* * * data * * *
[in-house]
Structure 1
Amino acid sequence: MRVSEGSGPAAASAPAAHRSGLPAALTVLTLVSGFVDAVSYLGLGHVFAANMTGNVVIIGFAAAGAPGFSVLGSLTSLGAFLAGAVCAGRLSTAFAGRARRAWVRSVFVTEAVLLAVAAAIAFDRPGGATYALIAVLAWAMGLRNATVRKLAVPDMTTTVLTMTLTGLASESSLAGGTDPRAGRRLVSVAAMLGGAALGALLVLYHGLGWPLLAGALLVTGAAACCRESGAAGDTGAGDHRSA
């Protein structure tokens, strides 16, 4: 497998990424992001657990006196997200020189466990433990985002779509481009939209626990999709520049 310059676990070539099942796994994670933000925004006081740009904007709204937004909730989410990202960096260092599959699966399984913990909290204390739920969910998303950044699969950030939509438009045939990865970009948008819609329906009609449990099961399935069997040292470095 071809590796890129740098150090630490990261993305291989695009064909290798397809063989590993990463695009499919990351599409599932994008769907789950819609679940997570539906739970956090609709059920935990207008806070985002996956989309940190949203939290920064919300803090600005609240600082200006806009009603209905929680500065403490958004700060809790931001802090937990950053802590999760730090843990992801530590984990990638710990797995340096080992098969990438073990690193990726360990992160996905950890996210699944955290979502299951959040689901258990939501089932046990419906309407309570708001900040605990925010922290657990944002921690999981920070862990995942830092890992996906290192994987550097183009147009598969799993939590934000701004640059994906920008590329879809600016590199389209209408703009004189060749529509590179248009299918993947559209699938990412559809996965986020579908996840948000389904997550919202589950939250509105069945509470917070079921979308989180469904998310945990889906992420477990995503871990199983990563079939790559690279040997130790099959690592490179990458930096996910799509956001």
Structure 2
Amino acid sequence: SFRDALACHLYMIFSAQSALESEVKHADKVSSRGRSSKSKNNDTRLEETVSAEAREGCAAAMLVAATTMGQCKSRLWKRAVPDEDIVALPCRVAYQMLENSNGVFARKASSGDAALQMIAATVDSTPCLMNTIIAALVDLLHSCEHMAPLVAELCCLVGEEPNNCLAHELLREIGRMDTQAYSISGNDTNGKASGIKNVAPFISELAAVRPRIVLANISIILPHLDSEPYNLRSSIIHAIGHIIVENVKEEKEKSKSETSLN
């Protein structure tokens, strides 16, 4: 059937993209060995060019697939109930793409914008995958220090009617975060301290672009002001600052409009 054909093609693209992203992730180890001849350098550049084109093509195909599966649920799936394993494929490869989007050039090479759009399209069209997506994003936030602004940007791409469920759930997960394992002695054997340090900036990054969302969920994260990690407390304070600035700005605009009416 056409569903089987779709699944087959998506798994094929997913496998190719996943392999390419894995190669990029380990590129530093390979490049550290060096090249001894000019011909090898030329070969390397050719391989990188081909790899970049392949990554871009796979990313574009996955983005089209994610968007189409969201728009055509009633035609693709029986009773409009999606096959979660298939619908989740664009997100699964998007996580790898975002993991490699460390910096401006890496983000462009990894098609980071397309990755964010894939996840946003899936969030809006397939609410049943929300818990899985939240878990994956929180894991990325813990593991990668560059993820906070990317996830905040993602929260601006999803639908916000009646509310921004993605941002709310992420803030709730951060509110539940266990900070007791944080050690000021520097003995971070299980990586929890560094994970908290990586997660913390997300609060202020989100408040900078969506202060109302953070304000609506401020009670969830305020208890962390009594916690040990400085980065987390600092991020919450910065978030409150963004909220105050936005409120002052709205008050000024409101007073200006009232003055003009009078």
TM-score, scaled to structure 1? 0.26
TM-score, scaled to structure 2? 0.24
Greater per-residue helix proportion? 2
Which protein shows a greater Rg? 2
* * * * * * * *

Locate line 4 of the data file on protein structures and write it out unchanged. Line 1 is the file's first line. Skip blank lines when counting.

């Protein structure tokens, strides 16, 4: 497998990424992001657990006196997200020189466990433990985002779509481009939209626990999709520049 310059676990070539099942796994994670933000925004006081740009904007709204937004909730989410990202960096260092599959699966399984913990909290204390739920969910998303950044699969950030939509438009045939990865970009948008819609329906009609449990099961399935069997040292470095 071809590796890129740098150090630490990261993305291989695009064909290798397809063989590993990463695009499919990351599409599932994008769907789950819609679940997570539906739970956090609709059920935990207008806070985002996956989309940190949203939290920064919300803090600005609240600082200006806009009603209905929680500065403490958004700060809790931001802090937990950053802590999760730090843990992801530590984990990638710990797995340096080992098969990438073990690193990726360990992160996905950890996210699944955290979502299951959040689901258990939501089932046990419906309407309570708001900040605990925010922290657990944002921690999981920070862990995942830092890992996906290192994987550097183009147009598969799993939590934000701004640059994906920008590329879809600016590199389209209408703009004189060749529509590179248009299918993947559209699938990412559809996965986020579908996840948000389904997550919202589950939250509105069945509470917070079921979308989180469904998310945990889906992420477990995503871990199983990563079939790559690279040997130790099959690592490179990458930096996910799509956001």